"Are Some Neighborhoods Too Fragile? Some families—especially those moving from distressed public housing—may change the character of their neighborhood only modestly and still be much better off than they were before. Some families may succeed in moving out of concentrated poverty by incremental steps. But it is important to pay attention to the effect of such moves on the receiving neighborhood."
So families aren't fragile when you rip them out of their homes and replant them among richer strangers, but the richer strangers among whom they're replanted may be too fragile to endure the strain of having new neighbors....

Anyway, now, at least, there seem to be hesitations about the virtues of wrecking existing social networks on purpose. Notably, in the opening issue of HUD's new Evidence Matters journal, an article titled, "Understanding Neighborhood Effects of Concentrated Poverty" had the decency to mention, and among its principal points too, that "Collective efficacy, as represented by measures of informal social controls, social cohesion, and trust, can help buffer communities against the negative effects of concentrated poverty." By which they appeared to mean that a neighborhood where people are neighbors to each other should be left, geographically at least, the hell alone. They appeared, further, to be claiming that the successor to HOPE VI, now known as Choice Neighborhoods, won't be breaking up communities any more, or anyhow not in a bad way, so we shouldn't worry our little heads.

Hope they're right. Still seems worth worrying though.

1 comment:

  1. A Brit speaks

    Don't really know anything about Social Housing, not really. Never ever applied for it. When I've rented its always been from private-sector landlords. Ok, its been conducted via letting agencies but never through housing associations or anything like that.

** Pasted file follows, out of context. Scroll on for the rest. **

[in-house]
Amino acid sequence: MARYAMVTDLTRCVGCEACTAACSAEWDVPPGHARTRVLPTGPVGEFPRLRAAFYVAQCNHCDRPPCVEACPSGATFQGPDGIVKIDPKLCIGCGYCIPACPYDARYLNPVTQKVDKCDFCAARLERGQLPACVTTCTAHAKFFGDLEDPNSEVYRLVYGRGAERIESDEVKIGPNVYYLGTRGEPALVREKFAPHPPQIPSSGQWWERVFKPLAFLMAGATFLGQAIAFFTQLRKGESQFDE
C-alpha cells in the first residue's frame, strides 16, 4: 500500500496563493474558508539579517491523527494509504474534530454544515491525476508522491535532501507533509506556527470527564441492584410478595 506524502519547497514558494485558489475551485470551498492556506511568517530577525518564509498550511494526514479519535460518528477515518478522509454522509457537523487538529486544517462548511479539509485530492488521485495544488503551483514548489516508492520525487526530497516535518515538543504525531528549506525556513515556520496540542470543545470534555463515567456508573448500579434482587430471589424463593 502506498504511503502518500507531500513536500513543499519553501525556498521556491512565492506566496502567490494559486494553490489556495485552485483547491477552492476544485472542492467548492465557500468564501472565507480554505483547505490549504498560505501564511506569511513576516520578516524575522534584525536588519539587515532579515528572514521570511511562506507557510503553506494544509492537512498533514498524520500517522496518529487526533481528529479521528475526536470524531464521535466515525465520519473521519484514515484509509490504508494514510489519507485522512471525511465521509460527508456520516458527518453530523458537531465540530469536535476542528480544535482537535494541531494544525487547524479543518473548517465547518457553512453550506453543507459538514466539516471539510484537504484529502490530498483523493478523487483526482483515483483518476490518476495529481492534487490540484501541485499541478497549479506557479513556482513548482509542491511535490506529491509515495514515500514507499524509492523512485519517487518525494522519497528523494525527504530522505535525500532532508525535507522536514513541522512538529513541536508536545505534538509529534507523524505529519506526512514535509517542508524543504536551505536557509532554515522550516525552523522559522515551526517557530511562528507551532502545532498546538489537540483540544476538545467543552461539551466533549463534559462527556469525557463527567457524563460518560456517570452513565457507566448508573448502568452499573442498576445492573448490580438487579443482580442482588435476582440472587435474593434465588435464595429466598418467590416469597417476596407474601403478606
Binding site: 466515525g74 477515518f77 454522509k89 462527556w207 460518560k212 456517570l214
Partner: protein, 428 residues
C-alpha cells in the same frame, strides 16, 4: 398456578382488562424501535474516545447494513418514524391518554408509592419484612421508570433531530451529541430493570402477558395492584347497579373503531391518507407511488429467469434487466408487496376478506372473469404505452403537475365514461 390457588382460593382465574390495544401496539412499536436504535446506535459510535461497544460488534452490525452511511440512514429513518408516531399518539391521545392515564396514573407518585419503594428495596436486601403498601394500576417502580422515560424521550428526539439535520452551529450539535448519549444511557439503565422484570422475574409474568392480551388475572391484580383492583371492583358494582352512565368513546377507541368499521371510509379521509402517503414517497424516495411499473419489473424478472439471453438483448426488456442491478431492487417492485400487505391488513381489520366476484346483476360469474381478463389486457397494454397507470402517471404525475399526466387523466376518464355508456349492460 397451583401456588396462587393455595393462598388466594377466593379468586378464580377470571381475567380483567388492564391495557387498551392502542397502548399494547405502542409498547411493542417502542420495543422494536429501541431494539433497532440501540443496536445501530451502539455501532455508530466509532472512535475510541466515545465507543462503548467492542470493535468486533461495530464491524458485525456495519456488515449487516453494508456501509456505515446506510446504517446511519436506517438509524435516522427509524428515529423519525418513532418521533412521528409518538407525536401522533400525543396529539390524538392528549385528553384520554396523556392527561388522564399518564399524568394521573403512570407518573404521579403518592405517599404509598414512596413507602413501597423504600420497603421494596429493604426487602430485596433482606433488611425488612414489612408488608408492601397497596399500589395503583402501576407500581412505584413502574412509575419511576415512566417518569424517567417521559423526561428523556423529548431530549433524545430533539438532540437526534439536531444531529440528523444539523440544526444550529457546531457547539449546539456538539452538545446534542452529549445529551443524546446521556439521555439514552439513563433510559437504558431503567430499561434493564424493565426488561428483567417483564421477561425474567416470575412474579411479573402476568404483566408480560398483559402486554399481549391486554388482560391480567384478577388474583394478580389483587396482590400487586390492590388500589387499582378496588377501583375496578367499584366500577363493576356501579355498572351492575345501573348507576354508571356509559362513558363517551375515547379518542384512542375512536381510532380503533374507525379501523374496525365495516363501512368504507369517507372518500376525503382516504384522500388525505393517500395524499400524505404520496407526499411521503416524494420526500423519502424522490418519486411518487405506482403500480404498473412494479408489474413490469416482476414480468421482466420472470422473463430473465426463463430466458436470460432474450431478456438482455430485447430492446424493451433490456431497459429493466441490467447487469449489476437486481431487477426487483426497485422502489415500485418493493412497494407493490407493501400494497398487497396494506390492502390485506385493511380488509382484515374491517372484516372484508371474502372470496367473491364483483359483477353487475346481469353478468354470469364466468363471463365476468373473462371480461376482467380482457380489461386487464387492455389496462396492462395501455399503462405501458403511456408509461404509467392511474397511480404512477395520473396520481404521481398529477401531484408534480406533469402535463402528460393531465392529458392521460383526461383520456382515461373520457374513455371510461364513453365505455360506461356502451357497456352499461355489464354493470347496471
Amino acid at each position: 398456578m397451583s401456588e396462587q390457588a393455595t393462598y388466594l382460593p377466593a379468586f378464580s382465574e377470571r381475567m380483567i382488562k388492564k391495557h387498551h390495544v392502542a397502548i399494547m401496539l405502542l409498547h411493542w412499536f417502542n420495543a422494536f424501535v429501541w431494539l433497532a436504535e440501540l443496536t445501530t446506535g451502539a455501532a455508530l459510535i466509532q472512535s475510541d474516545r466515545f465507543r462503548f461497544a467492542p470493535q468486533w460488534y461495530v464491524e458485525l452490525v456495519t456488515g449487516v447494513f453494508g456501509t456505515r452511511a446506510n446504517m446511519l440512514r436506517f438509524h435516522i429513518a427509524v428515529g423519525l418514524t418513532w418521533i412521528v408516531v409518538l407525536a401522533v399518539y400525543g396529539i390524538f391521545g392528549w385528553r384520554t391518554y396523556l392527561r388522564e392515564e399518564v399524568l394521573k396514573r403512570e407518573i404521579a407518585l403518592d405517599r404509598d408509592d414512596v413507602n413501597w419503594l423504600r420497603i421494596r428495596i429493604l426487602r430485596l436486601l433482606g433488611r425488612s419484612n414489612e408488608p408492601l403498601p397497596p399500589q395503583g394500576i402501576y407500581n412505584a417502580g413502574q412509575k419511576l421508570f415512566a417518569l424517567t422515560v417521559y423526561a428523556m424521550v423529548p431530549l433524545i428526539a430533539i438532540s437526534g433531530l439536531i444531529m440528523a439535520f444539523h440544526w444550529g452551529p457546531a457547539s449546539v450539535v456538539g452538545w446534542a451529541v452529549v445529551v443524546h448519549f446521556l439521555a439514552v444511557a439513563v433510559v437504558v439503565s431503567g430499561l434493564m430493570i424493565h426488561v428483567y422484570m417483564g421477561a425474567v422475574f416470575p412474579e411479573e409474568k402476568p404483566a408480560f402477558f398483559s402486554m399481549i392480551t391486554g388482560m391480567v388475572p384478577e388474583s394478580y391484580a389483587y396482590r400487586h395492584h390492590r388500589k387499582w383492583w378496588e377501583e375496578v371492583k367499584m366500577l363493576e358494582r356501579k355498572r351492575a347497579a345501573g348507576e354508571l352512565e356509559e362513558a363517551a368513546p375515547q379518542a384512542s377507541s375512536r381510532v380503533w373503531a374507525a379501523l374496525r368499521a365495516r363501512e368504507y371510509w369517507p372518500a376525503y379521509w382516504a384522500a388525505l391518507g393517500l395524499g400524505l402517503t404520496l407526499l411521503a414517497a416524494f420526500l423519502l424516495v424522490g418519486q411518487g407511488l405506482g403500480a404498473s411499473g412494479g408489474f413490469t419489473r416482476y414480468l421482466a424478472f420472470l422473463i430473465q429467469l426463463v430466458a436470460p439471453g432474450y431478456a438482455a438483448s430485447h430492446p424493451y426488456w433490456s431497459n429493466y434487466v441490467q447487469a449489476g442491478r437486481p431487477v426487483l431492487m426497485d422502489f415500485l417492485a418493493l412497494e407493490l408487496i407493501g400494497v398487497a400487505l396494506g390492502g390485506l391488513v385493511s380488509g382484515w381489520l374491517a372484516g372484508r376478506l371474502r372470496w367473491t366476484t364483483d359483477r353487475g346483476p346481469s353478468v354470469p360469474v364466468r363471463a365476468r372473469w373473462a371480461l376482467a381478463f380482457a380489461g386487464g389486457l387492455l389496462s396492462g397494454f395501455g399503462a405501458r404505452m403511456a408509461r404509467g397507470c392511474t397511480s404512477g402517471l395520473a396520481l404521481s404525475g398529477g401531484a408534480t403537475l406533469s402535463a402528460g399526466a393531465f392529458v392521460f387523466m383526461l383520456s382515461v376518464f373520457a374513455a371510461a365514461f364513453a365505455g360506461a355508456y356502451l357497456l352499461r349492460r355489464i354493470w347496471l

I had a look at that article. Basically, the people complaining, especially that MP, are just sounding off because that's about all they can do. They don't have the power to do anything whatsoever about it. Ironically, if the coalition government follow through with their noise about decentralisation then it would/should allow places like the Wirral to decide whether they implement such approaches or not.

    But the corollory of that would be to devolve the taxtaion powers that support it to the local level too and I can't see that the Treasury would be keen on giving that up.

    I remember when I claimed housing benefit years ago and you had to complete a form declaring how many rooms there were in the house and how many occupants. The implication being that they would only fund you to a reasonable level but I never had or heard of anyone having an issue with this, though that was more than twenty years ago.

    I'd find it difficult now to justify why somoene should be subsidised to live in a place thats bigger than they need but that hard-hearted approach doesn't account for extenuating circumstances such as family ties and the availability of the "correct" size housing in the place where they want/need to live.

    Unfortunately, for them anyway, the people who would be directly affected by this policy who might be forced to move or to pick up more of the tab for themsleves are not going to find many champions in the press nor in national politics, cos it isnt an issue that will appeal to the crucial middle ground.